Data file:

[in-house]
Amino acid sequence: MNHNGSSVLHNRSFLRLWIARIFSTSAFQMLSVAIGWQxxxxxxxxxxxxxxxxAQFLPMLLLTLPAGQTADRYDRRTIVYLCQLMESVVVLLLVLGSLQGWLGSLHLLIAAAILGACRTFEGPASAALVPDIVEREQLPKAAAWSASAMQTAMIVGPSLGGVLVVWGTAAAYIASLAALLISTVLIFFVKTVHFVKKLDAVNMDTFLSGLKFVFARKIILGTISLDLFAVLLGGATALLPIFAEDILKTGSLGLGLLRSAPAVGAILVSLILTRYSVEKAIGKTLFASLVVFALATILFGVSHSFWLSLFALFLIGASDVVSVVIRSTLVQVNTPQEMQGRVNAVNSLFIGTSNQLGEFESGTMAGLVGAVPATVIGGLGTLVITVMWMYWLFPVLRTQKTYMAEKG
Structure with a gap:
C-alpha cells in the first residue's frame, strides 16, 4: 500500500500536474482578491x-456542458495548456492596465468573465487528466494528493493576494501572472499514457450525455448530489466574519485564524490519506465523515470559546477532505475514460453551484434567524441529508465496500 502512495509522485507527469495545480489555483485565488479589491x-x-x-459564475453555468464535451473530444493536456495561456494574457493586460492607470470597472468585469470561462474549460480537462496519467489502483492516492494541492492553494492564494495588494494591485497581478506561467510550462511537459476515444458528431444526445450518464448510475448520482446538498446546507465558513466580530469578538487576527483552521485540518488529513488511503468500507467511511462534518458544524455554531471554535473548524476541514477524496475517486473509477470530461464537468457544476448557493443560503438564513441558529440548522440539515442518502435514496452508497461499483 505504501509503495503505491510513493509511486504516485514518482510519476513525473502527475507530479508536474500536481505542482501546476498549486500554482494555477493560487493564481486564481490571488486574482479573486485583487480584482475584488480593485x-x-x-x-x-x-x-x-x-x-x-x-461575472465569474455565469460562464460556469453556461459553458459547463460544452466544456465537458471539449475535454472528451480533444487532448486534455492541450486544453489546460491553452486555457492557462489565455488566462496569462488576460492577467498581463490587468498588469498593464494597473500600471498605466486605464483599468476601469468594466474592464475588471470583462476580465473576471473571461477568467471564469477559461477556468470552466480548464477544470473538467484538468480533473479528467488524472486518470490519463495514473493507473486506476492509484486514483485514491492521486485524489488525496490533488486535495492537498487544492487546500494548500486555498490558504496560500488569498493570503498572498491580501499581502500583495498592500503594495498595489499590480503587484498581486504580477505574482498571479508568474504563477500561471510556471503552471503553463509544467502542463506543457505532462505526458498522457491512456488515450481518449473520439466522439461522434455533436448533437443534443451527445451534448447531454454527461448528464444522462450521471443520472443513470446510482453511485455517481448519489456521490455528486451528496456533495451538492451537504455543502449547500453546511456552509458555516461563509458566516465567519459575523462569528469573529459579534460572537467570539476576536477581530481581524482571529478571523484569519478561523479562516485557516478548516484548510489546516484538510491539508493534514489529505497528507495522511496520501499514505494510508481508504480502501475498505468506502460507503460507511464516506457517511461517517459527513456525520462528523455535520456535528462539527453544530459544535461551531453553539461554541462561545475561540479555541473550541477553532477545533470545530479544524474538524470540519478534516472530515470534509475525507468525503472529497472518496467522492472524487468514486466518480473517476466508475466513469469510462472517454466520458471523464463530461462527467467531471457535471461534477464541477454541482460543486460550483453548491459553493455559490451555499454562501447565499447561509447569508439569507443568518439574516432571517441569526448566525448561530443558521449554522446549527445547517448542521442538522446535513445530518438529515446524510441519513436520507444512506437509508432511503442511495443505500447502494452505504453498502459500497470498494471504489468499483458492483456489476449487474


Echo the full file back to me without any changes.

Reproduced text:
[in-house]
Amino acid sequence: MNHNGSSVLHNRSFLRLWIARIFSTSAFQMLSVAIGWQxxxxxxxxxxxxxxxxAQFLPMLLLTLPAGQTADRYDRRTIVYLCQLMESVVVLLLVLGSLQGWLGSLHLLIAAAILGACRTFEGPASAALVPDIVEREQLPKAAAWSASAMQTAMIVGPSLGGVLVVWGTAAAYIASLAALLISTVLIFFVKTVHFVKKLDAVNMDTFLSGLKFVFARKIILGTISLDLFAVLLGGATALLPIFAEDILKTGSLGLGLLRSAPAVGAILVSLILTRYSVEKAIGKTLFASLVVFALATILFGVSHSFWLSLFALFLIGASDVVSVVIRSTLVQVNTPQEMQGRVNAVNSLFIGTSNQLGEFESGTMAGLVGAVPATVIGGLGTLVITVMWMYWLFPVLRTQKTYMAEKG
Structure with a gap:
C-alpha cells in the first residue's frame, strides 16, 4: 500500500500536474482578491x-456542458495548456492596465468573465487528466494528493493576494501572472499514457450525455448530489466574519485564524490519506465523515470559546477532505475514460453551484434567524441529508465496500 502512495509522485507527469495545480489555483485565488479589491x-x-x-459564475453555468464535451473530444493536456495561456494574457493586460492607470470597472468585469470561462474549460480537462496519467489502483492516492494541492492553494492564494495588494494591485497581478506561467510550462511537459476515444458528431444526445450518464448510475448520482446538498446546507465558513466580530469578538487576527483552521485540518488529513488511503468500507467511511462534518458544524455554531471554535473548524476541514477524496475517486473509477470530461464537468457544476448557493443560503438564513441558529440548522440539515442518502435514496452508497461499483 505504501509503495503505491510513493509511486504516485514518482510519476513525473502527475507530479508536474500536481505542482501546476498549486500554482494555477493560487493564481486564481490571488486574482479573486485583487480584482475584488480593485x-x-x-x-x-x-x-x-x-x-x-x-461575472465569474455565469460562464460556469453556461459553458459547463460544452466544456465537458471539449475535454472528451480533444487532448486534455492541450486544453489546460491553452486555457492557462489565455488566462496569462488576460492577467498581463490587468498588469498593464494597473500600471498605466486605464483599468476601469468594466474592464475588471470583462476580465473576471473571461477568467471564469477559461477556468470552466480548464477544470473538467484538468480533473479528467488524472486518470490519463495514473493507473486506476492509484486514483485514491492521486485524489488525496490533488486535495492537498487544492487546500494548500486555498490558504496560500488569498493570503498572498491580501499581502500583495498592500503594495498595489499590480503587484498581486504580477505574482498571479508568474504563477500561471510556471503552471503553463509544467502542463506543457505532462505526458498522457491512456488515450481518449473520439466522439461522434455533436448533437443534443451527445451534448447531454454527461448528464444522462450521471443520472443513470446510482453511485455517481448519489456521490455528486451528496456533495451538492451537504455543502449547500453546511456552509458555516461563509458566516465567519459575523462569528469573529459579534460572537467570539476576536477581530481581524482571529478571523484569519478561523479562516485557516478548516484548510489546516484538510491539508493534514489529505497528507495522511496520501499514505494510508481508504480502501475498505468506502460507503460507511464516506457517511461517517459527513456525520462528523455535520456535528462539527453544530459544535461551531453553539461554541462561545475561540479555541473550541477553532477545533470545530479544524474538524470540519478534516472530515470534509475525507468525503472529497472518496467522492472524487468514486466518480473517476466508475466513469469510462472517454466520458471523464463530461462527467467531471457535471461534477464541477454541482460543486460550483453548491459553493455559490451555499454562501447565499447561509447569508439569507443568518439574516432571517441569526448566525448561530443558521449554522446549527445547517448542521442538522446535513445530518438529515446524510441519513436520507444512506437509508432511503442511495443505500447502494452505504453498502459500497470498494471504489468499483458492483456489476449487474